On September 10, 2009, the council held a public hearing during which it adopted Ordinance 1653. At the same time, the council adopted Resolution 086-09A, which contains the council's reasons for its action. The resolution memorializes the council's recognition that the ordinance was inconsistent with the master plan but that it should be adopted notwithstanding because: (1) "this ordinance . . . will allow for uses that are consistent with the uses that have been permitted in [GI-80 and IP-120] by variances" already granted; (2) "there exists a variety of service-related uses in the GI-80 and IP-120 Zones, including a fitness and health club, gymnasium center, [and] dance academy . . . all of which have been determined to be compatible and appropriate uses in" these zones; (3) "there are buildings in the GI-80 and IP-120 Zones that are sufficiently large in size that can appropriately accommodate health and wellness center and fitness and health club uses"; (4) the location of the zones "will allow the public the opportunity to take advantage of a wide variety of multi-disciplinary health, fitness, and wellness services within facilities in centralized and accessible districts"; (5) "these uses . . . will promote the health, safety, morals and general welfare; guide the appropriate use or development of all lands in Mahwah; provide sufficient space in appropriate locations for these uses; and encourage the coordination of various public, semi-public, and private procedures and activities to . . . benefit . . . the State as a whole"; and (6) "health and wellness centers are a new and unique use not envisioned nor current at the time of adoption of the master plan or zoning ordinance." For these essential reasons, the council found it "appropriate and consistent with the purposes of the [MLUL] to include health and wellness centers and fitness and health clubs as principal permitted uses in the GI-80 Zone and IP-120 Zone."

On October 20, 2009, plaintiffs filed a complaint in lieu of prerogative writs against Mahwah and its mayor, council, and planning board. A later amended complaint alleged that: (1) Ordinance 1653 is arbitrary, capricious, and unreasonable; (2) the ordinance is inconsistent with the master plan and does not comply with the requirements for adoption of inconsistent ordinances; (3) the ordinance contains procedural defects resulting from a failure to comply with N.J.S.A. 40:49-2; (4) the planning board's recommendation was defective; (5) the council and planning board failed to make previously requested amendments to the ordinance; (6) the council and planning board failed to give proper notice; (7) the ordinance did not take into account the minimum lot size and prior ordinances considering health club use as a conditional use; (8) Mahwah failed to adequately study the proper zone in which to place health and fitness clubs and failed to study the elimination of the pass through from the IP-120 Zone to the B-40 Zone; (9) the ordinance's definition of "medical spa" is ambiguous, meaning Mahwah may have authorized this retail service without full consideration; (10) the planning board members have conflicts of interest; (11) the council members have conflicts of interest; and (12) the planning board's recommendation, upon which the council relied in adopting the ordinance, was defective.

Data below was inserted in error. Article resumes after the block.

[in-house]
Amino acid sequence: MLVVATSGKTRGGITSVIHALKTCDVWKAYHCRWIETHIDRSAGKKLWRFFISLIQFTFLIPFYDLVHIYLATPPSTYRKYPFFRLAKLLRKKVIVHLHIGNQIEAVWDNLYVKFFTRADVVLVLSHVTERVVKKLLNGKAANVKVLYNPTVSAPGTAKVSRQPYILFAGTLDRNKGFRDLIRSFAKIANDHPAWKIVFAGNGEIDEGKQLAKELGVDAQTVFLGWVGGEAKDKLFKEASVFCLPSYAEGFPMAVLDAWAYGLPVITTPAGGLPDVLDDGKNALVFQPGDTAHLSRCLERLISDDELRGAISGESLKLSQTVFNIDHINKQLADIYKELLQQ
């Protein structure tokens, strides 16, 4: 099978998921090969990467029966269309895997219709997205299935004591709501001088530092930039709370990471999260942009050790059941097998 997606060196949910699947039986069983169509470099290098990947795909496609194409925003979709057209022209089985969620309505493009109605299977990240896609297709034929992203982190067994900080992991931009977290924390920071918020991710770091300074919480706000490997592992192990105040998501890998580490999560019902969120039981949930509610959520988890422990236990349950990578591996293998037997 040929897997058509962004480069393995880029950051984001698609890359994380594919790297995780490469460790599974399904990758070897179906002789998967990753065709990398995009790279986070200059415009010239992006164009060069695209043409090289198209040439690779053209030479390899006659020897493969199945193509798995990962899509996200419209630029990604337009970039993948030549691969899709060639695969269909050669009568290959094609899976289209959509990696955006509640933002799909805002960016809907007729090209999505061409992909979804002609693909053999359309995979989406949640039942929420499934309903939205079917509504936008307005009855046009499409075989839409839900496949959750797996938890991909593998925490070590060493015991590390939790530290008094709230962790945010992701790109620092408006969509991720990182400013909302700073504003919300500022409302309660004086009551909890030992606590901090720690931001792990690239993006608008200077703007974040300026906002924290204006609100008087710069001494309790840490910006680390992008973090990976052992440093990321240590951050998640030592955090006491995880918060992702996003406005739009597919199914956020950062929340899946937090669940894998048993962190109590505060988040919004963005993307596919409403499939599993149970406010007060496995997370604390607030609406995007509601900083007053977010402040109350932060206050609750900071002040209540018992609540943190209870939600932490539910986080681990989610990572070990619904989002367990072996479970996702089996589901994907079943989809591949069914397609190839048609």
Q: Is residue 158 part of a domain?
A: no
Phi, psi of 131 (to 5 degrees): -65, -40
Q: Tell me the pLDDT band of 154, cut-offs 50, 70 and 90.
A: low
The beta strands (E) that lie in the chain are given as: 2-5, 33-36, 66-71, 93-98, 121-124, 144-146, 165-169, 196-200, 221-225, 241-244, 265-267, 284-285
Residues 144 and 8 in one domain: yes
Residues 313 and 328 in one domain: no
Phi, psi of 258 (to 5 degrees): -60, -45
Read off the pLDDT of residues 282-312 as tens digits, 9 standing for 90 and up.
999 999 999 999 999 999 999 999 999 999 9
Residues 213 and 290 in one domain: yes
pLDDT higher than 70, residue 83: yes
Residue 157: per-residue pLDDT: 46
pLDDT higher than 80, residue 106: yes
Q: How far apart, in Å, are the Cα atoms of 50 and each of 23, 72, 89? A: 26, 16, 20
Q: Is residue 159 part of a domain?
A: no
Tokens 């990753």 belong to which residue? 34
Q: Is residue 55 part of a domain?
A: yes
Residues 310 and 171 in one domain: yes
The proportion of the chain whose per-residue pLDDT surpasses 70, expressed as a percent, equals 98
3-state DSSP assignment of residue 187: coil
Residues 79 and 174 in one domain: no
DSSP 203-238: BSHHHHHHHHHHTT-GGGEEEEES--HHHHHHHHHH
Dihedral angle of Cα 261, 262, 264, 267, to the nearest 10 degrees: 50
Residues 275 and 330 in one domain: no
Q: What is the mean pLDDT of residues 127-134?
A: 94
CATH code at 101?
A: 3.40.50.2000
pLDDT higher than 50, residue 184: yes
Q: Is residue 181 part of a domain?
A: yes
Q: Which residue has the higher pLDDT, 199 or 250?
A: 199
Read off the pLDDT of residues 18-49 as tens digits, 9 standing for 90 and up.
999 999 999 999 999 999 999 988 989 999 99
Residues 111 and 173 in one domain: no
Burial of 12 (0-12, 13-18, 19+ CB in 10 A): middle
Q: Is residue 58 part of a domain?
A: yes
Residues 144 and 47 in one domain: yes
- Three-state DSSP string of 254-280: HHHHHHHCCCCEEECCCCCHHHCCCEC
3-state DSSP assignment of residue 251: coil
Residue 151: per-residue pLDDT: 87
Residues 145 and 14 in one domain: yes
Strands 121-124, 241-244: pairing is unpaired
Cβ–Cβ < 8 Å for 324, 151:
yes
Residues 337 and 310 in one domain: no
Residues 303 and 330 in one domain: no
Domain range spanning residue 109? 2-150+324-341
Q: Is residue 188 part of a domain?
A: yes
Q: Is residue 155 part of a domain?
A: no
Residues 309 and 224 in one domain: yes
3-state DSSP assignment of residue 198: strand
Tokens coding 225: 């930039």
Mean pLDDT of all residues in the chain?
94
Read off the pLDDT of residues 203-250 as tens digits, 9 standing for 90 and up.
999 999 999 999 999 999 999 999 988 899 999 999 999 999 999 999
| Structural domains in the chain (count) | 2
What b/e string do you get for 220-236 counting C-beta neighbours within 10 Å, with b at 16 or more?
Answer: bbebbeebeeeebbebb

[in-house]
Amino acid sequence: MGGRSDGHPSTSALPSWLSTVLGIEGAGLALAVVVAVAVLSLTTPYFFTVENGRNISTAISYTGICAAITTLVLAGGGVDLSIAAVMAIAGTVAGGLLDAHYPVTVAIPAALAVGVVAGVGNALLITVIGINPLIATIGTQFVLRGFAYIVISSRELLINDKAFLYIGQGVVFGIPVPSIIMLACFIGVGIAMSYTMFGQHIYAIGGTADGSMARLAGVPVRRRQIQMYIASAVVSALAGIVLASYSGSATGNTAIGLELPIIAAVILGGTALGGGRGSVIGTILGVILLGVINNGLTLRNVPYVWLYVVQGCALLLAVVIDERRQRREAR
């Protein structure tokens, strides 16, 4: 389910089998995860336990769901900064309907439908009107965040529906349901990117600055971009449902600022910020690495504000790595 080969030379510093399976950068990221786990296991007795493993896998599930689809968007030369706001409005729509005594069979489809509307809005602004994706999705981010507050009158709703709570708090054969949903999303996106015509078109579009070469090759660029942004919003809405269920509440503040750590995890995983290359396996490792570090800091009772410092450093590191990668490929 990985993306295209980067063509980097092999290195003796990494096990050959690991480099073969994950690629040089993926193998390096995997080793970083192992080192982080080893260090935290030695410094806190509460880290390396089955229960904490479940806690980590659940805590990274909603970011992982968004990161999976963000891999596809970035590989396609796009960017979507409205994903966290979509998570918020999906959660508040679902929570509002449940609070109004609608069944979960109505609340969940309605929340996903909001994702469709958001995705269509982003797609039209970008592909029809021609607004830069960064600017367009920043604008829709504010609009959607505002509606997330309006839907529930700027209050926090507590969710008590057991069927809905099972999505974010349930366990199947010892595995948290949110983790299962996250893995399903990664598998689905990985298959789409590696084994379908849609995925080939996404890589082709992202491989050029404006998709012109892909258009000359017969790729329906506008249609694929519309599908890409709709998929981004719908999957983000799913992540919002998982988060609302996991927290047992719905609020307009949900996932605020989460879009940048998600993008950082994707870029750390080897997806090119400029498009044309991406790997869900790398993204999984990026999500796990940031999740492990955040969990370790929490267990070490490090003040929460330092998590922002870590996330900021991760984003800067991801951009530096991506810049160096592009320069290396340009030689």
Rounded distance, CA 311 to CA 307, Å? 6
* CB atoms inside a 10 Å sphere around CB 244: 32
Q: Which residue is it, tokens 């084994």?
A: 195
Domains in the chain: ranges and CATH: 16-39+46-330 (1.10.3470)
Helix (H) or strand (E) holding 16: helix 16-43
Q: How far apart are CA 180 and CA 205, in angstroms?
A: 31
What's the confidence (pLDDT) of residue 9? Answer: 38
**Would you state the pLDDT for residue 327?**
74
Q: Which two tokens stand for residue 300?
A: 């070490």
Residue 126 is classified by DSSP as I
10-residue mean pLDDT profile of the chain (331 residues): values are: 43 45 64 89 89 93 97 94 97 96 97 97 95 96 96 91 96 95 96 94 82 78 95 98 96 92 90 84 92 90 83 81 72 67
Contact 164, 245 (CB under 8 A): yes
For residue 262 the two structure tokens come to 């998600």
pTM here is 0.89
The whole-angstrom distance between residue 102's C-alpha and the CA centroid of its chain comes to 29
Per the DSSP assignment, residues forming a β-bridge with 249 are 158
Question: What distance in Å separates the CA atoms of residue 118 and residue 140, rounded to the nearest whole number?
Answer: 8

Another judge was assigned to the case. On June 4, 2010, the judge entered an order that permitted plaintiffs to take depositions regarding their conflict-of-interest allegations. A few weeks later, plaintiffs moved for an order compelling the depositions of the mayor, council members, and planning board members. The judge granted plaintiffs' motion and denied defendants' cross-motion for a protective order, recognizing "the inherent danger of any inquiry that may lead into the mental processes surrounding the decision of a board member" but concluding that "facts tending to prove a conflict . . . are not within the realm of the mental processes of members of the [c]ouncil and [p]lanning [b]oard, and are not protected." Plaintiffs' counsel deposed the mayor and other council members in August 2010. At the end of the month, plaintiffs sought more specific answers because the deponents failed "to answer any questions related to treatment at Valley Hospital," which was alleged in the complaint to be a proponent of the ordinance. Defendants opposed this motion and again cross-moved for a protective order. The judge granted plaintiffs' motion and ordered the council and planning board members to answer the following questions:

(1) Whether any member (or immediate family member) spent time in Valley Hospital and the duration of such stay; (2) Whether any member (or immediate family member) was treated in the emergency room of Valley Hospital; (3) Whether the experience at Valley Hospital [was] satisfactory; (4) Whether Valley Hospital helped the condition or even save[d] a life of any member (or immediate family member); (5) Whether any member (or member of their immediate family) incurred substantial bills, or any bills, from Valley Hospital; [and] (6) Whether any member (or member of their immediate family) attended any programs offered by Valley Hospital (i.e., cardiac rehabilitation for a heart attack).

The judge denied defendants' cross-motion for a protective order, determining that these "limited questions . . . are not prejudicial" and do not ...